Washington — Preserving crops from the time they are harvested until they reach consumers is the focus of a February 19 State Department forum for diplomats from Africa, Latin America and Southeast Asia, researchers, and business executives.
Assistant Secretary of State for Economic and Business Affairs José Fernandez will lead the forum.
According to the United Nations Food and Agriculture Organization (FAO), by 2050 when the world's population reaches 9 billion people, demand for food will be 60 percent more than the current demand. Because more production alone is not enough to meet that demand, stopping food waste is crucial, FAO says.
Currently, 1.3 billion tons of the food produced in the world is lost or wasted every year, or about one-third of what is grown, FAO says.
The causes of post-harvest loss vary depending on weather, region and crop. Common causes in the developing world include a lack of proper storage and processing equipment; transporting food in open, unrefrigerated vehicles; lack of information about the problem and its solutions; and limited access to credit so farmers can purchase adequate equipment, the State Department says.
Through its Feed the Future program, the United States is stepping in to address the issue. The U.S. Agency for International Development has asked to review proposals for projects that link renewable energy technologies with farmers and agribusinesses in low-income countries involved in improved food processing and storage. In January, USAID said it had joined innovation giant DuPont and the government of Ethiopia to help smallholder farmers in that country reduce their post-harvest losses by as much as 20 percent.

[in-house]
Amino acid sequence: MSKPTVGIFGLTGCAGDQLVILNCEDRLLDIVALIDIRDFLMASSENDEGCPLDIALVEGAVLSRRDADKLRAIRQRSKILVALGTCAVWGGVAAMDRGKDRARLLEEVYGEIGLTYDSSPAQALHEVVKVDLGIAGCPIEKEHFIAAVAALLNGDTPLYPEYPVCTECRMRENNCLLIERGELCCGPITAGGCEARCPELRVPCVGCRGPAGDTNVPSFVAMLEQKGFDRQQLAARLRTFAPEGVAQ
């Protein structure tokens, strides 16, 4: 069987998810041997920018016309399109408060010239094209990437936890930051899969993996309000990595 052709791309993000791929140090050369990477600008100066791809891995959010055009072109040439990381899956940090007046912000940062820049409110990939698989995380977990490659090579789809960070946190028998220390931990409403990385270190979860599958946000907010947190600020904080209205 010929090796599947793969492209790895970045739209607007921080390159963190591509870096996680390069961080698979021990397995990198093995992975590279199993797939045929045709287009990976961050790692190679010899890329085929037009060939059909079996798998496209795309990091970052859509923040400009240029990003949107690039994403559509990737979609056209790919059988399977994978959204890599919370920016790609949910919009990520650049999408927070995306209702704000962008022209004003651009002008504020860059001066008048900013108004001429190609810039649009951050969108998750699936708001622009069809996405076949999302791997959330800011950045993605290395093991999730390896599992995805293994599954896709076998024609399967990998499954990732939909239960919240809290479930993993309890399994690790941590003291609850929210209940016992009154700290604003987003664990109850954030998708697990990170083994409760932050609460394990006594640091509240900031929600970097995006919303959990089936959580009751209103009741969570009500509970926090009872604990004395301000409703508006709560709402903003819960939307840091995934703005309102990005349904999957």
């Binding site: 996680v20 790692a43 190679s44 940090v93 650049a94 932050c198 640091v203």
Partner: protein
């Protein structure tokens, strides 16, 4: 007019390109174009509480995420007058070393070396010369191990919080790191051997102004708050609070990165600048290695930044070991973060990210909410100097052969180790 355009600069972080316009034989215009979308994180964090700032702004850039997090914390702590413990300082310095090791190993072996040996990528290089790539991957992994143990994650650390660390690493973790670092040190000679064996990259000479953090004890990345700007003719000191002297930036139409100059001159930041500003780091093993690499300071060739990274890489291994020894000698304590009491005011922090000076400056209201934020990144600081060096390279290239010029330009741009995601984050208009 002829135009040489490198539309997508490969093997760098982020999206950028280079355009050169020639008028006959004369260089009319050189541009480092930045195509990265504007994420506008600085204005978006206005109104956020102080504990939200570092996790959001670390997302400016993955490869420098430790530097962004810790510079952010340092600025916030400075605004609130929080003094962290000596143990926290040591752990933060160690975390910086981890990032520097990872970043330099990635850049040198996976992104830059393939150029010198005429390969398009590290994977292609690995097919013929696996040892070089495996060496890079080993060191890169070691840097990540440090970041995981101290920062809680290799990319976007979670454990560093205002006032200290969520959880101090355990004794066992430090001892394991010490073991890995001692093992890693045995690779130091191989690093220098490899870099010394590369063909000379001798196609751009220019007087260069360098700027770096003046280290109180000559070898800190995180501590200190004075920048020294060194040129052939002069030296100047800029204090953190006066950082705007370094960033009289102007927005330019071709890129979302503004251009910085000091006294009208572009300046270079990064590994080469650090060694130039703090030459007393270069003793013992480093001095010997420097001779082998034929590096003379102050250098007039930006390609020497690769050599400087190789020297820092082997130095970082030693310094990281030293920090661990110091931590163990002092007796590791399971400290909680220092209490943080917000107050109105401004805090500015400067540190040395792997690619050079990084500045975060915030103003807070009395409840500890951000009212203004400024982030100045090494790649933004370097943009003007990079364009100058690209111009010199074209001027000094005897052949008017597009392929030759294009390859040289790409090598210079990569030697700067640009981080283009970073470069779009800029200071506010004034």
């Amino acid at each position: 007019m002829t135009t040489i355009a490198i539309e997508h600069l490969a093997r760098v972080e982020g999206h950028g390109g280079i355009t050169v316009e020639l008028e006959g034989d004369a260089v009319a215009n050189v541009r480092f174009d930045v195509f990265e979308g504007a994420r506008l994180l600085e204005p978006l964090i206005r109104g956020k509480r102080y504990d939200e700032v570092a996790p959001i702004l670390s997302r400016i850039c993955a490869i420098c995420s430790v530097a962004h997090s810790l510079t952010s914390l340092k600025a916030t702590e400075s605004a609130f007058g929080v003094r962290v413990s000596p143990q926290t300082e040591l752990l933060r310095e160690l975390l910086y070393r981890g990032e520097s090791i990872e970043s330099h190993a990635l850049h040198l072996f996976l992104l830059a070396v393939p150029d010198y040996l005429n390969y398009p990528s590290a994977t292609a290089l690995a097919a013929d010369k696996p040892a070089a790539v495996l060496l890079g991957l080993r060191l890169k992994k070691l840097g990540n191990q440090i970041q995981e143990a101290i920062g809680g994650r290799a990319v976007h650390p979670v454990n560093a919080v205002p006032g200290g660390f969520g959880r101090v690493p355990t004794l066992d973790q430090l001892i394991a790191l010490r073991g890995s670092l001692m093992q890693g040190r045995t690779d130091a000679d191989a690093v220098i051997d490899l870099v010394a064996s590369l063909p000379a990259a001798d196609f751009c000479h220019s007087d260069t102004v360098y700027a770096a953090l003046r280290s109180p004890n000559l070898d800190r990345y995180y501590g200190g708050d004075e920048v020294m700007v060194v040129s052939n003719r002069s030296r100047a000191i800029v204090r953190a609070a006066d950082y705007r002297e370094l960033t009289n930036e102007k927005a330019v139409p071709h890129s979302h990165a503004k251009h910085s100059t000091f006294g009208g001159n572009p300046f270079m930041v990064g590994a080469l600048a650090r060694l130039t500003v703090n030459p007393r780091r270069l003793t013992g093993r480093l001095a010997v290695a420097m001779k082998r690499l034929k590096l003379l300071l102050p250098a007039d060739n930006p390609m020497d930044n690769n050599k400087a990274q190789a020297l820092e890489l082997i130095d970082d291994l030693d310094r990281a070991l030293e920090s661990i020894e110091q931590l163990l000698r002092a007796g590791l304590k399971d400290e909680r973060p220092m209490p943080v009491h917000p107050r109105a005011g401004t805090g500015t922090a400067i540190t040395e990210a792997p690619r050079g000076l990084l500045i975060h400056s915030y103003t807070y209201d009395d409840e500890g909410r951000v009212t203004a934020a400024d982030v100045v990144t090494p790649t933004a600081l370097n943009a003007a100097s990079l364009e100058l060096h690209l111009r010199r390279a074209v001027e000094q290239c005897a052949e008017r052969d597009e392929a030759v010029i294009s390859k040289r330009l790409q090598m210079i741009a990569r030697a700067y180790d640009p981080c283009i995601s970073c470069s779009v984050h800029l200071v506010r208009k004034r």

Public awareness of post-harvest loss and food waste has significantly increased over the last two to three years, said Steve Sonka, who heads the ADM Institute for the Prevention of Postharvest Loss at the University of Illinois.
"The world can grow enough seed and oil grains to serve the needs for food, feed, fiber and fuel," said Sonka, who will be on a forum panel discussing how to move from post-harvest loss research to implementation through technologies like stronger grain bags and bins.
Feed the Future is President Obama's global initiative to reduce hunger and poverty.
The ADM institute is an international hub for evaluating, developing and disseminating information about economically viable loss-reduction technologies. It was established in 2011 with a $10 million grant from Archer Daniel Midlands Company, a global producer of grains and grain products.
More information about Feed the Future and the ADM Institute for the Prevention of Postharvest Loss is available on their websites.